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Cubs' Hendry Era Nearing A Close?

As a Chicago baseball fan, you can probably guess where I stand on this. It's been nearly nine years with Jim Hendry at the helm of baseball operations for the Cubs, and in the time the team has won three division crowns but failed to get past the NLCS. And when you consider the kinds of resources this organization has at its disposal, the kind of performance we've seen on the field simply shouldn't be acceptable. There have simply been way too many seasons that feel like this one- hopeless by July, boring by September.

So when I read this note today from Jon Heyman, " GM Jim Hendry's fate seems not to have been decided," my immediate reaction was, "This decision can't be that hard, right?"

Now, to be fair, Jim Hendry isn't the worst GM. He'll make some pretty brilliant moves (Hee-Seop Choi for Derrek Lee, anyone? Or Bobby Hill and Jose Hernandez for Aramis Ramirez and Kenny Lofton?), but he's also signed so many intolerable contracts under his watch that it's hard to simply believe that the owners have pushed every single one of those deals. From Carlos Zambrano to Alfonso Soriano to even guys like John Grabow, the Cubs have handed out money like a team that believes that every piece could be the last piece to the puzzle.

Unfortunately, when you're true talent as a team lies around 75 wins, it's not particularly easy to find outside hires that'll bump you into the mid-80's. And that's where Hendry has failed: in building a developmental powerhouse that takes advantage of the marketability and sheer revenue streams of the Chicago Cubs. The Cubs should be something roughly like the Red Sox of the NL, with all of the cache, money, and quality management- but realistically, at this point, money is really the only common factor between how the Cubs and Red Sox are ran.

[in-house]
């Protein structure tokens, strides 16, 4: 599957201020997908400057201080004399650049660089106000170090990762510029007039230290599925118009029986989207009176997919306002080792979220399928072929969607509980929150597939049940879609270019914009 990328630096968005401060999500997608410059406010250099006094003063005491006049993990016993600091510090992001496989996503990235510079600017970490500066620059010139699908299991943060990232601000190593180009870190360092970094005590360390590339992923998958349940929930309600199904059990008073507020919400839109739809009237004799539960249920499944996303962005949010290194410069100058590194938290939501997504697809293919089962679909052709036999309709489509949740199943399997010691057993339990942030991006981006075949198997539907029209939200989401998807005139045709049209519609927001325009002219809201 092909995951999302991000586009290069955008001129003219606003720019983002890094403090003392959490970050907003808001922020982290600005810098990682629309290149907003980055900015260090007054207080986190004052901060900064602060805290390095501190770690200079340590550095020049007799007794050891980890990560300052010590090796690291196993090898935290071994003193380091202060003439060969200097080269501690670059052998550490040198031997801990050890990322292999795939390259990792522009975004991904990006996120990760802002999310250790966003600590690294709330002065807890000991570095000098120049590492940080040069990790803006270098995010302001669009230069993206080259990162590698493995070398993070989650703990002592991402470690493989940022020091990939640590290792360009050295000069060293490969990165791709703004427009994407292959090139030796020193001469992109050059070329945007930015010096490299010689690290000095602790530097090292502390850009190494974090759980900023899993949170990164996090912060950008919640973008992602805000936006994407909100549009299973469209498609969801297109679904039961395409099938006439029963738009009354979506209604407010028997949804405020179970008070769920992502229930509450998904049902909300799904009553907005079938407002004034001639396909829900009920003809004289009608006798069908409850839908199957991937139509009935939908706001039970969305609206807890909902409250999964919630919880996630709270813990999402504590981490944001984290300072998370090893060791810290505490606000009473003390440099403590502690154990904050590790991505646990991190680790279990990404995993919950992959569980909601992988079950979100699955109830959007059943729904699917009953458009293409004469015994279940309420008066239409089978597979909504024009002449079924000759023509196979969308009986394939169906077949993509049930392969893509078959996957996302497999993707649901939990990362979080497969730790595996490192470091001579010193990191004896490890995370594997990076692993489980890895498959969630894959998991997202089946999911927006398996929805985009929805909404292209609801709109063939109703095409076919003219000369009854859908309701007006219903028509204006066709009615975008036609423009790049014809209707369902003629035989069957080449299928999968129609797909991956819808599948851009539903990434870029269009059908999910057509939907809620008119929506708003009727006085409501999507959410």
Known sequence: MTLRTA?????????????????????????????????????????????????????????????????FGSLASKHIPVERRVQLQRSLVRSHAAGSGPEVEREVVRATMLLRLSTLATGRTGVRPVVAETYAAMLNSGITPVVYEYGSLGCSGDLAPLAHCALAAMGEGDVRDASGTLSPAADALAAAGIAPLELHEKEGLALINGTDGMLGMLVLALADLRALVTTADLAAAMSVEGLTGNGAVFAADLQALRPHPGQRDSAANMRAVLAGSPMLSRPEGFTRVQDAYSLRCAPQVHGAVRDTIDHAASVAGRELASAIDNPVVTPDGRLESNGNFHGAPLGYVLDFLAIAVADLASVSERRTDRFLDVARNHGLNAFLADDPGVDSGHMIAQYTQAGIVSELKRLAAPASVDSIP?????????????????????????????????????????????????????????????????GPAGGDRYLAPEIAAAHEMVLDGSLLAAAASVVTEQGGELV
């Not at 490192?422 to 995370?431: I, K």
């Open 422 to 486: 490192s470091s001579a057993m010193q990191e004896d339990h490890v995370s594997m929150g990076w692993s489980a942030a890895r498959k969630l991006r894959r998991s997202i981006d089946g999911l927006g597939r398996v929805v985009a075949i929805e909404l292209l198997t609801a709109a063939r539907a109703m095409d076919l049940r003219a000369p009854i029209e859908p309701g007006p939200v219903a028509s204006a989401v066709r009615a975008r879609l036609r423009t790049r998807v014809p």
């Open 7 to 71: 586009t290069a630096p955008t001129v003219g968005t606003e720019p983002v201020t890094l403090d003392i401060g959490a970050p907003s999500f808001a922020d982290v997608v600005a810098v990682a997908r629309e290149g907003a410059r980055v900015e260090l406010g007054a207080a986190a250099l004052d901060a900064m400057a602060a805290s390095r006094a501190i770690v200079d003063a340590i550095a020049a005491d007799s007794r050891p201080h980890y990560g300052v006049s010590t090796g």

The Cubs' new owner, Tom Ricketts, doesn't have a reputation for making rash decisions quickly, so he's likely taking his time to evaluate the current core of the club's management. But given how the team has played over the past three years, and the ridiculous contracts they can essentially blame for that play, it's not really easy for Cubs fans to see the points in favor of the incumbents currently in place. Hendry has some good guys on board- scouting director Tim Wilken is regarded as one of the best in the business, for example- but his body of work as a whole has been undoubtedly underwhelming thus far in Chicago.

The Cubbies need to go in a new direction, making amateur player acquisition and the development of those players top priorities. I'm just not really convinced that Jim Hendry is the guy that's capable of taking the Cubs there. They should be major players not only in Asia, where they do a great job, but also in Latin America and the draft as well. The Cubs are beginning to free up some flexibility as many of their brutal long-term contracts end, and we're already hearing talk about how they're gearing up to add some new big-money players over the next couple years. Part of me is really hoping that Hendry won't be the guy to run their big spending spree once again.